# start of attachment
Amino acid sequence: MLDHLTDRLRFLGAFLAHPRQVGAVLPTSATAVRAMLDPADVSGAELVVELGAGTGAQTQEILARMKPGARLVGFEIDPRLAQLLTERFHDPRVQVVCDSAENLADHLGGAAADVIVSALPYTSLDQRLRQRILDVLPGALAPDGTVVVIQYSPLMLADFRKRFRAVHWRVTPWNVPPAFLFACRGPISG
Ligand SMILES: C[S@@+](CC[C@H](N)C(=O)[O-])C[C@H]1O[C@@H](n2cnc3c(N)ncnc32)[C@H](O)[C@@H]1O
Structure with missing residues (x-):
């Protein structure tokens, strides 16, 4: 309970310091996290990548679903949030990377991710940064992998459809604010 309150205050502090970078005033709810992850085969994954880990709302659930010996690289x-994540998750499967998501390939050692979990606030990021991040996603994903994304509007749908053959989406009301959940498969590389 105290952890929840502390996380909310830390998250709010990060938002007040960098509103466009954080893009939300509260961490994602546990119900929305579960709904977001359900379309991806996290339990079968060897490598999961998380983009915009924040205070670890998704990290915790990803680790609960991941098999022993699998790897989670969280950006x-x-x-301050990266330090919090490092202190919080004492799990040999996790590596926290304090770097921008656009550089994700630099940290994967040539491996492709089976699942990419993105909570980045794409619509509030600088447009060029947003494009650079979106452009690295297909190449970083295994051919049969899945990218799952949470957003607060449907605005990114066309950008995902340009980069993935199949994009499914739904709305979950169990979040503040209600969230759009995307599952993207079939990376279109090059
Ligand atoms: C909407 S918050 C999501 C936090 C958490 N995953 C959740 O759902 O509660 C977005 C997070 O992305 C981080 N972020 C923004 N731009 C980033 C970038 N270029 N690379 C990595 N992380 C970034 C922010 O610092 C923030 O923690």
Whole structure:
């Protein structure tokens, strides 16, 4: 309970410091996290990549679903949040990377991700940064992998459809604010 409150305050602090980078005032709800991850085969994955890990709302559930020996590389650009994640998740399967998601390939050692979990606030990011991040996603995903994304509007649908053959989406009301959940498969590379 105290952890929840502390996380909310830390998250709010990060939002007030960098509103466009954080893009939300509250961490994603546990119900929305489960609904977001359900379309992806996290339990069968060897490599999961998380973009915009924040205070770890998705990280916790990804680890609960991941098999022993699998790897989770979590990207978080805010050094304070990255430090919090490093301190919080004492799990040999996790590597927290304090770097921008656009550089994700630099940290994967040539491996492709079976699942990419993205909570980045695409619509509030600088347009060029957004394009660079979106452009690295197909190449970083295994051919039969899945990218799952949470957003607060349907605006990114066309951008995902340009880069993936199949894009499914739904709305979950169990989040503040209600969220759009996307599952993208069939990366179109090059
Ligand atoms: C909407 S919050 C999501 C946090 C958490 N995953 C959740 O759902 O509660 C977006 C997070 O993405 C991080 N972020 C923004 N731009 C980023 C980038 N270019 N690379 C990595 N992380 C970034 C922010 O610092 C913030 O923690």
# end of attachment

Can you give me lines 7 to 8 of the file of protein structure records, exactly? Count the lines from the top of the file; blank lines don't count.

């Protein structure tokens, strides 16, 4: 309970410091996290990549679903949040990377991700940064992998459809604010 409150305050602090980078005032709800991850085969994955890990709302559930020996590389650009994640998740399967998601390939050692979990606030990011991040996603995903994304509007649908053959989406009301959940498969590379 105290952890929840502390996380909310830390998250709010990060939002007030960098509103466009954080893009939300509250961490994603546990119900929305489960609904977001359900379309992806996290339990069968060897490599999961998380973009915009924040205070770890998705990280916790990804680890609960991941098999022993699998790897989770979590990207978080805010050094304070990255430090919090490093301190919080004492799990040999996790590597927290304090770097921008656009550089994700630099940290994967040539491996492709079976699942990419993205909570980045695409619509509030600088347009060029957004394009660079979106452009690295197909190449970083295994051919039969899945990218799952949470957003607060349907605006990114066309951008995902340009880069993936199949894009499914739904709305979950169990989040503040209600969220759009996307599952993208069939990366179109090059
Ligand atoms: C909407 S919050 C999501 C946090 C958490 N995953 C959740 O759902 O509660 C977006 C997070 O993405 C991080 N972020 C923004 N731009 C980023 C980038 N270019 N690379 C990595 N992380 C970034 C922010 O610092 C913030 O923690």